COVID-19/diagnosis , Molecular Diagnostic Techniques/methods , Nucleic Acid Amplification Techniques/methods , RNA, Viral/analysis , COVID-19/virology , COVID-19 Nucleic Acid Testing/economics , COVID-19 Nucleic Acid Testing/methods , Colorimetry , Humans , Molecular Diagnostic Techniques/economics , Molecular Diagnostic Techniques/instrumentation , Nucleic Acid Amplification Techniques/economics , Nucleic Acid Amplification Techniques/instrumentation , Point-of-Care Systems , RNA, Viral/metabolism , SARS-CoV-2/genetics , SARS-CoV-2/isolation & purification , Saliva/virology
14.
Viruses ; 14(2)2022 02 02.
Article in English | MEDLINE | ID: covidwho-1667351

ABSTRACT

Efficient, wide-scale testing for SARS-CoV-2 is crucial for monitoring the incidence of the infection in the community. The gold standard for COVID-19 diagnosis is the molecular analysis of epithelial secretions from the upper respiratory system captured by nasopharyngeal (NP) or oropharyngeal swabs. Given the ease of collection, saliva has been proposed as a possible substitute to support testing at the population level. Here, we used a novel saliva collection device designed to favour the safe and correct acquisition of the sample, as well as the processivity of the downstream molecular analysis. We tested 1003 nasopharyngeal swabs and paired saliva samples self-collected by individuals recruited at a public drive-through testing facility. An overall moderate concordance (68%) between the two tests was found, with evidence that neither system can diagnose the infection in 100% of the cases. While the two methods performed equally well in symptomatic individuals, their discordance was mainly restricted to samples from convalescent subjects. The saliva test was at least as effective as NP swabs in asymptomatic individuals recruited for contact tracing. Our study describes a testing strategy of self-collected saliva samples, which is reliable for wide-scale COVID-19 screening in the community and is particularly effective for contact tracing.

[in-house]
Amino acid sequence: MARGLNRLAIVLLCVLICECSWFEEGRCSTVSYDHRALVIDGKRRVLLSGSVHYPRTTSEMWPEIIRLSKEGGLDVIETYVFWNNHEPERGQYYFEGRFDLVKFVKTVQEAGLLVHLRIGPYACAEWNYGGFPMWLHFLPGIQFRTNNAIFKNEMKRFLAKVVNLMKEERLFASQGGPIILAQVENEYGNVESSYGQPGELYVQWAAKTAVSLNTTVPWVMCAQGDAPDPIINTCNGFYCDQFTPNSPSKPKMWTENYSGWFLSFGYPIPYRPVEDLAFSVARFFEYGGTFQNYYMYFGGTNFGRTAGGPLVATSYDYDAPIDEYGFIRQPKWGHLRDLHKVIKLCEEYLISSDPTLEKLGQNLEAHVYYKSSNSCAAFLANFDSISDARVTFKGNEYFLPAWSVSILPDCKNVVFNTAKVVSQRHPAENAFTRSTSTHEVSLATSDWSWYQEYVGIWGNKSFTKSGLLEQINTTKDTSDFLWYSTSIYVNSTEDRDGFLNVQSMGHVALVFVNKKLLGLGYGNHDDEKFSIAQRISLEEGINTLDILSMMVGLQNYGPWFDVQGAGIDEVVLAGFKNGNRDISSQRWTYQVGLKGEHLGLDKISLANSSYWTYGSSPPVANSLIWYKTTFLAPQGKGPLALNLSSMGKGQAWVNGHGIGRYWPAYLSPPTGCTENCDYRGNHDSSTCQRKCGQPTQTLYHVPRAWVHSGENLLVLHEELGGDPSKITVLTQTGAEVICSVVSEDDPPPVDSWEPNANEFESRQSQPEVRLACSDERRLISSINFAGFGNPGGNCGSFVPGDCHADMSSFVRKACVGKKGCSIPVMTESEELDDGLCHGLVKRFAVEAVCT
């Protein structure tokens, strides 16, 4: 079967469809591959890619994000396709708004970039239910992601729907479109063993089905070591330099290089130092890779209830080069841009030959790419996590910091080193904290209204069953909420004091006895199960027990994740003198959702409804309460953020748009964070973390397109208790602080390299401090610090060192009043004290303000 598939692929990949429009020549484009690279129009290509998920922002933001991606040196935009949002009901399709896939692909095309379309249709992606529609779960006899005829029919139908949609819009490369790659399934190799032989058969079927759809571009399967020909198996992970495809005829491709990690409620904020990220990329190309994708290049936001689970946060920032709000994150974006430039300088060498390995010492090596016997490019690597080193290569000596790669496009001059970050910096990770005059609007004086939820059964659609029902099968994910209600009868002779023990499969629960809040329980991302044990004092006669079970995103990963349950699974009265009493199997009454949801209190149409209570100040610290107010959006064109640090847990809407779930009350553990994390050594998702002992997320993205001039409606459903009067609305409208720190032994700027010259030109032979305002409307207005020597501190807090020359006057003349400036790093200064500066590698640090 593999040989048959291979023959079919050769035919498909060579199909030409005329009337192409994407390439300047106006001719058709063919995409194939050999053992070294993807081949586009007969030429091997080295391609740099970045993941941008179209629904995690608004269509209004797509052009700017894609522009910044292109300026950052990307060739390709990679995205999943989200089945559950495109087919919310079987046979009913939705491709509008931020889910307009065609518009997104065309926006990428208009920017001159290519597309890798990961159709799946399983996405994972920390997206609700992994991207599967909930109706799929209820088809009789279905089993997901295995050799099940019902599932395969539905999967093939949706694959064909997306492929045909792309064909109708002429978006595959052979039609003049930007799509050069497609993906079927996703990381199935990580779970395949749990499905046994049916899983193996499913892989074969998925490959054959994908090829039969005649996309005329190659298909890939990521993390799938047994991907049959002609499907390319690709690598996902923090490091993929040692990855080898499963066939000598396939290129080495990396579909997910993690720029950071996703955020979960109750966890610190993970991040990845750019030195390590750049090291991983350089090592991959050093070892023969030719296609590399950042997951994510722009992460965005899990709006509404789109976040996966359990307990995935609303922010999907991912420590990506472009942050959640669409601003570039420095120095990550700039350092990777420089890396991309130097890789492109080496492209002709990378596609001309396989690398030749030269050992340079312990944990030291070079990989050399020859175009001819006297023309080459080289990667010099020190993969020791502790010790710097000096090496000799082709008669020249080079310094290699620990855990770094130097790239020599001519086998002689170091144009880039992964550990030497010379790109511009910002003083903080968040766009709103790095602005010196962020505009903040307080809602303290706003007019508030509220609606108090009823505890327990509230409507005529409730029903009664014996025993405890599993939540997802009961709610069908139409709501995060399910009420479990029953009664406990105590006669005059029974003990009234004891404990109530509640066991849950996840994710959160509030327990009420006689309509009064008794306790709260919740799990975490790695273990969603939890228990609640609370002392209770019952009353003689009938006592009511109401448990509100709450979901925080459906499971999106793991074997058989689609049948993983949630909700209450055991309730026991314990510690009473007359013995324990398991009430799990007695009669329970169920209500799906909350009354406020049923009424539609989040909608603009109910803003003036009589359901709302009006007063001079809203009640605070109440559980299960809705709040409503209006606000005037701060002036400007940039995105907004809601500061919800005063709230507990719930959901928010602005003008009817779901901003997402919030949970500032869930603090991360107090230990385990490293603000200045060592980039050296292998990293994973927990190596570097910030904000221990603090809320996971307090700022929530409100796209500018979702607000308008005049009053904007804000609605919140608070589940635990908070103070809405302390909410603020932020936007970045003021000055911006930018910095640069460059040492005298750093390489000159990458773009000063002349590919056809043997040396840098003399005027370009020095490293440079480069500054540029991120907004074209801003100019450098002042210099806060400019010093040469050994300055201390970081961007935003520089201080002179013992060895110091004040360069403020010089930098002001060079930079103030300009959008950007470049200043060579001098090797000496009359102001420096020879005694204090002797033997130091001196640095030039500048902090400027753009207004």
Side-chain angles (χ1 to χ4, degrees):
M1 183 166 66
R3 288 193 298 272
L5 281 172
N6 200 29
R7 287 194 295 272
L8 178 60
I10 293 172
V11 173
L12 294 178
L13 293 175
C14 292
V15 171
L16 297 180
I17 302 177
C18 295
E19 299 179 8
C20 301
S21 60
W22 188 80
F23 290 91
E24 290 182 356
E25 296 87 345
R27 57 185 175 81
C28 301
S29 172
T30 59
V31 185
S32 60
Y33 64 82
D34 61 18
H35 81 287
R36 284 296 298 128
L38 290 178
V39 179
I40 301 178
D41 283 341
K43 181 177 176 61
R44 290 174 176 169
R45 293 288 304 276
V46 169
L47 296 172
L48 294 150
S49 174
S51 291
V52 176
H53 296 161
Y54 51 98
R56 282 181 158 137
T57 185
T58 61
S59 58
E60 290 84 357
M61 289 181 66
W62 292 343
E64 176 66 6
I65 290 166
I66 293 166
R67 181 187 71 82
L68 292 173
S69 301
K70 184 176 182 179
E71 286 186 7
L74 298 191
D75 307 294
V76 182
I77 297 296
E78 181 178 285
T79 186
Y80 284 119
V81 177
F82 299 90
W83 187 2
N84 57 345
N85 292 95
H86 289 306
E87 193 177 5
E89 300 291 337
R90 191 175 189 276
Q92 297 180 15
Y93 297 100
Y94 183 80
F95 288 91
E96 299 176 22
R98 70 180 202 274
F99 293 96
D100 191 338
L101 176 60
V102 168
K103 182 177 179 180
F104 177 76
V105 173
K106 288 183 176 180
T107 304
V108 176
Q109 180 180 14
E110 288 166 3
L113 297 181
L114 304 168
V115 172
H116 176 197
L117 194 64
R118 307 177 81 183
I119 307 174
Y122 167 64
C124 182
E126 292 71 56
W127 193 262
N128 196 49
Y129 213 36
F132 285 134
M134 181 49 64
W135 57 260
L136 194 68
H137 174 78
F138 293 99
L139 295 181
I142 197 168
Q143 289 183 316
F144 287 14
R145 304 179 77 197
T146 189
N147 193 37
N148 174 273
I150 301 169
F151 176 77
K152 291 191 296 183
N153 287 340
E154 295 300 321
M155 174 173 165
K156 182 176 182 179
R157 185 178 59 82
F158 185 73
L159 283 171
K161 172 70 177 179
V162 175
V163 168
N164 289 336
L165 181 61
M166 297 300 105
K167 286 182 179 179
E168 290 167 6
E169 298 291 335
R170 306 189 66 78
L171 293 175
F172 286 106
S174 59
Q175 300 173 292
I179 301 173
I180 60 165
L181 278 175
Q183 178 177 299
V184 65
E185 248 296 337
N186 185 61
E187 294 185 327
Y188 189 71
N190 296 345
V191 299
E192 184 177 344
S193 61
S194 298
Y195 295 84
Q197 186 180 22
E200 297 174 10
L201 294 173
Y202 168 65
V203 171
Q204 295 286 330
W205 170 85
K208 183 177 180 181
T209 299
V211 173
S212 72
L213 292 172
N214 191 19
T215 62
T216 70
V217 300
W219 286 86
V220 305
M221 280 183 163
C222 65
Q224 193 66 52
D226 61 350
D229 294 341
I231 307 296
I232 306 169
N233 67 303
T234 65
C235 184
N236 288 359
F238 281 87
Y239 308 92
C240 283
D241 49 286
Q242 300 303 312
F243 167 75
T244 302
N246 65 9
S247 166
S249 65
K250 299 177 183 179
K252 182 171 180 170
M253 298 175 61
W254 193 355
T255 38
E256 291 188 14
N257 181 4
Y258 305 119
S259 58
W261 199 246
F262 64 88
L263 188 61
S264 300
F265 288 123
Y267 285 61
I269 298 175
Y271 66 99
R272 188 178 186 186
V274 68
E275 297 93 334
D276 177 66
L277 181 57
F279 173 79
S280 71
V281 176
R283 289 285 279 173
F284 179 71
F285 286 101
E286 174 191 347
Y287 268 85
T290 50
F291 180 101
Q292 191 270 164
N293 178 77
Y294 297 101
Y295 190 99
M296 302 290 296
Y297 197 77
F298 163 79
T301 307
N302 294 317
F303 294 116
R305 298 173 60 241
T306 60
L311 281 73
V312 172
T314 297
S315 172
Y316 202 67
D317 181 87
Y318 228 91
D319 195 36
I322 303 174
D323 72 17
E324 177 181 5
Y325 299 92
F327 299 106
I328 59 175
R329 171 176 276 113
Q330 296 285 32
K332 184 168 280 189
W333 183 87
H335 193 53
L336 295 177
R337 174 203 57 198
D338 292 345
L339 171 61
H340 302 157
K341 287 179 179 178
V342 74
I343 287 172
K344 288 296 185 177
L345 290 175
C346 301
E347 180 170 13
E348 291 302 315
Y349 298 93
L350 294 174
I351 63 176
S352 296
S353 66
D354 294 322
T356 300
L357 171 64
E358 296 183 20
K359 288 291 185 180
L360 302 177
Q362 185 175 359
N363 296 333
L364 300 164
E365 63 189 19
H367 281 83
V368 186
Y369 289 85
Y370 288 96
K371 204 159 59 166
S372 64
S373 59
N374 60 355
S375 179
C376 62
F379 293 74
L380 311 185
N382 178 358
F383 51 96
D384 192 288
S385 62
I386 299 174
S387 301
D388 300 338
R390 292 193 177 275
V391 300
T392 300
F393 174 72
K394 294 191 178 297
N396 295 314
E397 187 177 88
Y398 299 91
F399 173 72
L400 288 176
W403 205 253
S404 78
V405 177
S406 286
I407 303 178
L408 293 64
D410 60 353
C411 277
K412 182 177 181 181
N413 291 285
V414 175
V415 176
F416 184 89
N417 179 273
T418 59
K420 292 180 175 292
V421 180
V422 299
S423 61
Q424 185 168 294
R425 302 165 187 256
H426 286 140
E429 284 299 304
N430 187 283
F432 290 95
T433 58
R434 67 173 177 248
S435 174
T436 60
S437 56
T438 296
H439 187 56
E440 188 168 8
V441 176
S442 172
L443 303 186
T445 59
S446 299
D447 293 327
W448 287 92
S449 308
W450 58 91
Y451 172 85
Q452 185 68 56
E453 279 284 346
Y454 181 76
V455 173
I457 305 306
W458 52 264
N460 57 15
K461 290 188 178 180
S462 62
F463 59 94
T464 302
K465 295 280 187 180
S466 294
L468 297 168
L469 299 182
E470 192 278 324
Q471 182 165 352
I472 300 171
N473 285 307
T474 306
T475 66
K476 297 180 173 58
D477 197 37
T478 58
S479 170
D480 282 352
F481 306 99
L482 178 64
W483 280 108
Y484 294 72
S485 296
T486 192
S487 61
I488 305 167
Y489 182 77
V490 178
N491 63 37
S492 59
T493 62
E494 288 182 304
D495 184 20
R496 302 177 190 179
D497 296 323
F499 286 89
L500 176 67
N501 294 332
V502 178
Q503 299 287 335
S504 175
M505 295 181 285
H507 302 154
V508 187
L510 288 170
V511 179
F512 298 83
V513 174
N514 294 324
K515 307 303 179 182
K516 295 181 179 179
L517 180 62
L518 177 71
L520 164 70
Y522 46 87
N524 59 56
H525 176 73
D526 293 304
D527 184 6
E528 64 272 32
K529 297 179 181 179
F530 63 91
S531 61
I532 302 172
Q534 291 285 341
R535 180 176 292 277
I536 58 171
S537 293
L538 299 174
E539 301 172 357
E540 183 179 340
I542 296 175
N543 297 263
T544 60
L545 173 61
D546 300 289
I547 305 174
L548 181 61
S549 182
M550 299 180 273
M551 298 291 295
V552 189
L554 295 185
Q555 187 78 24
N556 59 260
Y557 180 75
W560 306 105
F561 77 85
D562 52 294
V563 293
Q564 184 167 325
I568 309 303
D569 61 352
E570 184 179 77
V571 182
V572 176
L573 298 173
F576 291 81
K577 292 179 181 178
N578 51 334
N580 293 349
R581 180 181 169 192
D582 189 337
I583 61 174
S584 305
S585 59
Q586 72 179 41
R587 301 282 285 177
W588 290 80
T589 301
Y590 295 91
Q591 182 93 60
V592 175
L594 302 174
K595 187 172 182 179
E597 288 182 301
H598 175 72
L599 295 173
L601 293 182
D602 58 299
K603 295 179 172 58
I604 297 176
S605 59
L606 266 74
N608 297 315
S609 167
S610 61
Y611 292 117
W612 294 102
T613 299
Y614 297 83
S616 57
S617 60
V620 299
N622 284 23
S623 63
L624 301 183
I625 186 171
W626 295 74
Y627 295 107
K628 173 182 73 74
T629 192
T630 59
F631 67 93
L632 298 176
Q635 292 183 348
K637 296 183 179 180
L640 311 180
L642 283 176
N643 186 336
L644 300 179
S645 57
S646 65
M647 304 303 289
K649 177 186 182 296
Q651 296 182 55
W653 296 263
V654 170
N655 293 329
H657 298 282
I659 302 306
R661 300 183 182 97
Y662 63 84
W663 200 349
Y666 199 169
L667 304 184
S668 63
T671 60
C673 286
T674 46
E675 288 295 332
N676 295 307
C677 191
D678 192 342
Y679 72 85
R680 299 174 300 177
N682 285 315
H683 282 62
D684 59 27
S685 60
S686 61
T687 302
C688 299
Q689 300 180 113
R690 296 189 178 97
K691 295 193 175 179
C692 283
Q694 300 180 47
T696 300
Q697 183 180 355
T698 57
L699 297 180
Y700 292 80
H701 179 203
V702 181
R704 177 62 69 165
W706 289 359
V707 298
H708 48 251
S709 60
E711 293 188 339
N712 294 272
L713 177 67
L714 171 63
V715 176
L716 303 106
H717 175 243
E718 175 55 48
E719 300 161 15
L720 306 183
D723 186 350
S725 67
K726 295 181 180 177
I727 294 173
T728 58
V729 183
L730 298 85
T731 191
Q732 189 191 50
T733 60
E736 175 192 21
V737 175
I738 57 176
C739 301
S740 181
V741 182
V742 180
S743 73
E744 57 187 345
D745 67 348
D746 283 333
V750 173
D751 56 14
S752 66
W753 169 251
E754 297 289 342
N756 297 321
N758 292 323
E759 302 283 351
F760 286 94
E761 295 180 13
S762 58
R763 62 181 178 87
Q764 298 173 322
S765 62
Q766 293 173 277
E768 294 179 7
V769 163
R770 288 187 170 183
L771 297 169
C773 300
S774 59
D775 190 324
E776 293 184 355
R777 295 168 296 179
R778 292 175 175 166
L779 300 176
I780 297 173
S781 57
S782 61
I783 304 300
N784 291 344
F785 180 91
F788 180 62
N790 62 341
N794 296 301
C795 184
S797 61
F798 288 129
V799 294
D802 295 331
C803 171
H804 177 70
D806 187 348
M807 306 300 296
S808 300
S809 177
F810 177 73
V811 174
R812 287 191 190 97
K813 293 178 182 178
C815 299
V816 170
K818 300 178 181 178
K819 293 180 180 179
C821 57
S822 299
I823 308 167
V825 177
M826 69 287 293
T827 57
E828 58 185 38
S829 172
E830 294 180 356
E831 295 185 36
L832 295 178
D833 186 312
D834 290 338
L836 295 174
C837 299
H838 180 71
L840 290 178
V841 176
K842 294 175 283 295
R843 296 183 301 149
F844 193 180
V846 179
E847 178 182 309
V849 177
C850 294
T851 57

Subject(s)
COVID-19 Nucleic Acid Testing/methods , COVID-19 Nucleic Acid Testing/standards , RNA, Viral/analysis , Reverse Transcriptase Polymerase Chain Reaction/methods , SARS-CoV-2/genetics , Saliva/virology , COVID-19/diagnosis , COVID-19/virology , Female , Humans , Male , Mass Screening , Nasopharynx/virology , RNA, Viral/genetics , SARS-CoV-2/isolation & purification , Specimen Handling/methods
15.
Microbiol Spectr ; 10(1): e0122021, 2022 02 23.